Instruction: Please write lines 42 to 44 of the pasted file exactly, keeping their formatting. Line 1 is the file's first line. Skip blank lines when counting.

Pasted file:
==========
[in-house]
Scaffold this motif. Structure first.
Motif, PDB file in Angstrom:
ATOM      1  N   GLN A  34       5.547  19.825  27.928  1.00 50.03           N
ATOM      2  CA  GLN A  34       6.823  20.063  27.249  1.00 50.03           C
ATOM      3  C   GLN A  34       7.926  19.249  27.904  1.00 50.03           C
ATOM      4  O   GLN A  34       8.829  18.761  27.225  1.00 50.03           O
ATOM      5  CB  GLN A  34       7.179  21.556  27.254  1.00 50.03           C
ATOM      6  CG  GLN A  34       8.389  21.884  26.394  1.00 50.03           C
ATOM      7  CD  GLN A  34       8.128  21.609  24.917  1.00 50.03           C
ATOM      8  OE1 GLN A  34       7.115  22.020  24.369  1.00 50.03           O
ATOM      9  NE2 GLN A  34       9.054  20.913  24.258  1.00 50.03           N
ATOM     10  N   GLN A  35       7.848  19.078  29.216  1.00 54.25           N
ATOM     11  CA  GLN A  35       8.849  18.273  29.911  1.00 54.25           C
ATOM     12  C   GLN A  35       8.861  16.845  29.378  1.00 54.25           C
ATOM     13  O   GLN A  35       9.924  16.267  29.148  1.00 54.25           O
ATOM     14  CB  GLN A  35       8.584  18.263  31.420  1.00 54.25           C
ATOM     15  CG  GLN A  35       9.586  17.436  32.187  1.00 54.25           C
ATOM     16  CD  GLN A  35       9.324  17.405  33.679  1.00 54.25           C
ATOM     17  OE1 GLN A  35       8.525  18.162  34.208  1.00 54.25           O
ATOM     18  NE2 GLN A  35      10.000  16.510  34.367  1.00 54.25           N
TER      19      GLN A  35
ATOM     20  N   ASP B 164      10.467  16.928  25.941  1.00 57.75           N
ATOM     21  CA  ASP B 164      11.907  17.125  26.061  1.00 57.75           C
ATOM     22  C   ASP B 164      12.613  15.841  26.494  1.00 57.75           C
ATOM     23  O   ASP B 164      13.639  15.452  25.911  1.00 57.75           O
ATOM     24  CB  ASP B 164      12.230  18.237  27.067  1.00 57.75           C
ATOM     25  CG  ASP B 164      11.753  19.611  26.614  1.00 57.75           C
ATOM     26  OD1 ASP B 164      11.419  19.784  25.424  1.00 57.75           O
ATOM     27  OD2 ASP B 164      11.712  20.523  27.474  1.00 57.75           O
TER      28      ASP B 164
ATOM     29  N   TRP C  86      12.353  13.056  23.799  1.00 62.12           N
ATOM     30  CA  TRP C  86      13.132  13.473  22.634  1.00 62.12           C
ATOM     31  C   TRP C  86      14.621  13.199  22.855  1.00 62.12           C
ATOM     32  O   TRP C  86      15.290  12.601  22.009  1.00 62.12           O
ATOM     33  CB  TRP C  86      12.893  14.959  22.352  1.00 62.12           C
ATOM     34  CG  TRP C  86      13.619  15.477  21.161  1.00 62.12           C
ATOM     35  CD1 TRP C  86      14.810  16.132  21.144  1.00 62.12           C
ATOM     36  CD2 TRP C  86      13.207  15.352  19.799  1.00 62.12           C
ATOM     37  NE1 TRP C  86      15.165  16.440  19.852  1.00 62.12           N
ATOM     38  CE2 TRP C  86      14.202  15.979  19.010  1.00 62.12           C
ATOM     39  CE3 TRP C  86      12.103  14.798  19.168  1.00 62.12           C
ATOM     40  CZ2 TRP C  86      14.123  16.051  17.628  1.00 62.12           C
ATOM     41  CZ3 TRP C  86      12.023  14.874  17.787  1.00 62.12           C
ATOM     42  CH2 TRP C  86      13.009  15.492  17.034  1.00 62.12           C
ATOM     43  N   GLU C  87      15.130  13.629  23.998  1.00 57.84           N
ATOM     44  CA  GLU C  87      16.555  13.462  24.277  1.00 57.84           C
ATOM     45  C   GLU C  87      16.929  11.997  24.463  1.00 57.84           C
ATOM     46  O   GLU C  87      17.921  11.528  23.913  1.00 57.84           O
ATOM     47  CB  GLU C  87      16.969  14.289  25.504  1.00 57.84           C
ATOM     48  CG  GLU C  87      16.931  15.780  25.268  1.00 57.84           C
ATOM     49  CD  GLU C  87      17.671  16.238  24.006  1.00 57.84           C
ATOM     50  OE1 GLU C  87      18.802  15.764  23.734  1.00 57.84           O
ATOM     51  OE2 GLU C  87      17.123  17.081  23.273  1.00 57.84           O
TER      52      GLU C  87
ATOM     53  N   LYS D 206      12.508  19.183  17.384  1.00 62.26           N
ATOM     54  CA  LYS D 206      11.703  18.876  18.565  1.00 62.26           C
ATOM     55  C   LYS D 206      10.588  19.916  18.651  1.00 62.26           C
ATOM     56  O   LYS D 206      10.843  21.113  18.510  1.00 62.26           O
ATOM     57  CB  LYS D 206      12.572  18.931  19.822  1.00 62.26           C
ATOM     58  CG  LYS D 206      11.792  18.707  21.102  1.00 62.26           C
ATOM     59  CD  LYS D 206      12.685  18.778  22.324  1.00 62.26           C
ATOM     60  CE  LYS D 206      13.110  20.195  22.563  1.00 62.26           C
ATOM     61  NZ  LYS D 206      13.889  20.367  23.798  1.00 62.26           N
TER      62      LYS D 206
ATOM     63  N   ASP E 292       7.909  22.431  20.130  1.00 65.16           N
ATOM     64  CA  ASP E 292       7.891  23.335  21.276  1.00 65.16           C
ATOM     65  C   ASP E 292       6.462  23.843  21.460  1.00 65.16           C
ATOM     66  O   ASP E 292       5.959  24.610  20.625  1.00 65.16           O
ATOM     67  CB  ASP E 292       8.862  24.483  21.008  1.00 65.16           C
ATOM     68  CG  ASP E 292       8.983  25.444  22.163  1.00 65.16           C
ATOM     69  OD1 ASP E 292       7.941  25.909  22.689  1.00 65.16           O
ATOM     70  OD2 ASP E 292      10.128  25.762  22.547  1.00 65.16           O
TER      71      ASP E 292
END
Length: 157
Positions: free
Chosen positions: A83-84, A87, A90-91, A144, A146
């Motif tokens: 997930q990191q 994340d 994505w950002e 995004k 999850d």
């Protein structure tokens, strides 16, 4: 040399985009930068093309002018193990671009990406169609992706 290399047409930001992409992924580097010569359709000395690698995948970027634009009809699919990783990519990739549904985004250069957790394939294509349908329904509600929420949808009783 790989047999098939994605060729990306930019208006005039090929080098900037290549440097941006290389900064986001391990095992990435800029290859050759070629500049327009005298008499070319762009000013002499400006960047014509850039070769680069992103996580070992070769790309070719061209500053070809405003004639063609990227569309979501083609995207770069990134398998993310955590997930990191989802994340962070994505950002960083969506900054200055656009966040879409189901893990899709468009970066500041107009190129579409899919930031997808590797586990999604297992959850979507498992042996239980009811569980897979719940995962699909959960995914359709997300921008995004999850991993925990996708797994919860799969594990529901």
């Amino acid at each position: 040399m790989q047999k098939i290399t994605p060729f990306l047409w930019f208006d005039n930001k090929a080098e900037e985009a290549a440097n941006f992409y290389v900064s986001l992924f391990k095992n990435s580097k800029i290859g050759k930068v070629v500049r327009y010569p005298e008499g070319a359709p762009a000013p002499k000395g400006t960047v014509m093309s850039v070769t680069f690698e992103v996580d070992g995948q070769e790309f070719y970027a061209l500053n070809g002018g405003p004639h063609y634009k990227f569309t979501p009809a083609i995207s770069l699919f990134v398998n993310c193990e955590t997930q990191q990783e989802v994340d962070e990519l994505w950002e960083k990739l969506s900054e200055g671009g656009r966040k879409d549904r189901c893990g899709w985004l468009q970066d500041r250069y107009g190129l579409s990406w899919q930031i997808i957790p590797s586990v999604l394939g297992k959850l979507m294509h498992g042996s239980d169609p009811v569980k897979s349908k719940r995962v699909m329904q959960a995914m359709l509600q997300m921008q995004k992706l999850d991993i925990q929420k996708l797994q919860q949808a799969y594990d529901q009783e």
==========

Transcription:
ATOM     39  CE3 TRP C  86      12.103  14.798  19.168  1.00 62.12           C
ATOM     40  CZ2 TRP C  86      14.123  16.051  17.628  1.00 62.12           C
ATOM     41  CZ3 TRP C  86      12.023  14.874  17.787  1.00 62.12           C